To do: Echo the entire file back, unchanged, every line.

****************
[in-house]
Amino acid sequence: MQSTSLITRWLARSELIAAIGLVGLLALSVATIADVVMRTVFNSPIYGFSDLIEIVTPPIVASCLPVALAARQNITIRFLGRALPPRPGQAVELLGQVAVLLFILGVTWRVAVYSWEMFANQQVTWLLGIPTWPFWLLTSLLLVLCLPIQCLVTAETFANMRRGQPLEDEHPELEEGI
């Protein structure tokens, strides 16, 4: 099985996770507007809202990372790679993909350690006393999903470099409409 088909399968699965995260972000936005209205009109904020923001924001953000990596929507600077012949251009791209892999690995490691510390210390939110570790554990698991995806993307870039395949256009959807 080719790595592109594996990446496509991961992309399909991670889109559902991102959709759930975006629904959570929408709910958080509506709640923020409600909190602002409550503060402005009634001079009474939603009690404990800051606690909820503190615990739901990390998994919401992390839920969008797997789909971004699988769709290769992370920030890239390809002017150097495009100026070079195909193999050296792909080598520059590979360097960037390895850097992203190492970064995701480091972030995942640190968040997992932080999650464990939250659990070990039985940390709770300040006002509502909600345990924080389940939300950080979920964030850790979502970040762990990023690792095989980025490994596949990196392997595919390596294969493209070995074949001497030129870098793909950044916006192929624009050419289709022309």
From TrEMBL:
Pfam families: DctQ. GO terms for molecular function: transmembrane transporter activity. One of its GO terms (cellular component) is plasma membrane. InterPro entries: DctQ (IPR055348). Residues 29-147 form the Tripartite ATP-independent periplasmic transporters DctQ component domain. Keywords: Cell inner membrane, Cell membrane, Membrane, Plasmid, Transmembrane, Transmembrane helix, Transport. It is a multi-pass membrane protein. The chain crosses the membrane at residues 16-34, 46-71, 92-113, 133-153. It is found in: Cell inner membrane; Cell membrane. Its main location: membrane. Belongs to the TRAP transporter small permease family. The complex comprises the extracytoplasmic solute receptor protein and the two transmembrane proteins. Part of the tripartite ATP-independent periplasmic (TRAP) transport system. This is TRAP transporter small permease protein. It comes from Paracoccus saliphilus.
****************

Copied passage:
[in-house]
Amino acid sequence: MQSTSLITRWLARSELIAAIGLVGLLALSVATIADVVMRTVFNSPIYGFSDLIEIVTPPIVASCLPVALAARQNITIRFLGRALPPRPGQAVELLGQVAVLLFILGVTWRVAVYSWEMFANQQVTWLLGIPTWPFWLLTSLLLVLCLPIQCLVTAETFANMRRGQPLEDEHPELEEGI
């Protein structure tokens, strides 16, 4: 099985996770507007809202990372790679993909350690006393999903470099409409 088909399968699965995260972000936005209205009109904020923001924001953000990596929507600077012949251009791209892999690995490691510390210390939110570790554990698991995806993307870039395949256009959807 080719790595592109594996990446496509991961992309399909991670889109559902991102959709759930975006629904959570929408709910958080509506709640923020409600909190602002409550503060402005009634001079009474939603009690404990800051606690909820503190615990739901990390998994919401992390839920969008797997789909971004699988769709290769992370920030890239390809002017150097495009100026070079195909193999050296792909080598520059590979360097960037390895850097992203190492970064995701480091972030995942640190968040997992932080999650464990939250659990070990039985940390709770300040006002509502909600345990924080389940939300950080979920964030850790979502970040762990990023690792095989980025490994596949990196392997595919390596294969493209070995074949001497030129870098793909950044916006192929624009050419289709022309």
From TrEMBL:
Pfam families: DctQ. GO terms for molecular function: transmembrane transporter activity. One of its GO terms (cellular component) is plasma membrane. InterPro entries: DctQ (IPR055348). Residues 29-147 form the Tripartite ATP-independent periplasmic transporters DctQ component domain. Keywords: Cell inner membrane, Cell membrane, Membrane, Plasmid, Transmembrane, Transmembrane helix, Transport. It is a multi-pass membrane protein. The chain crosses the membrane at residues 16-34, 46-71, 92-113, 133-153. It is found in: Cell inner membrane; Cell membrane. Its main location: membrane. Belongs to the TRAP transporter small permease family. The complex comprises the extracytoplasmic solute receptor protein and the two transmembrane proteins. Part of the tripartite ATP-independent periplasmic (TRAP) transport system. This is TRAP transporter small permease protein. It comes from Paracoccus saliphilus.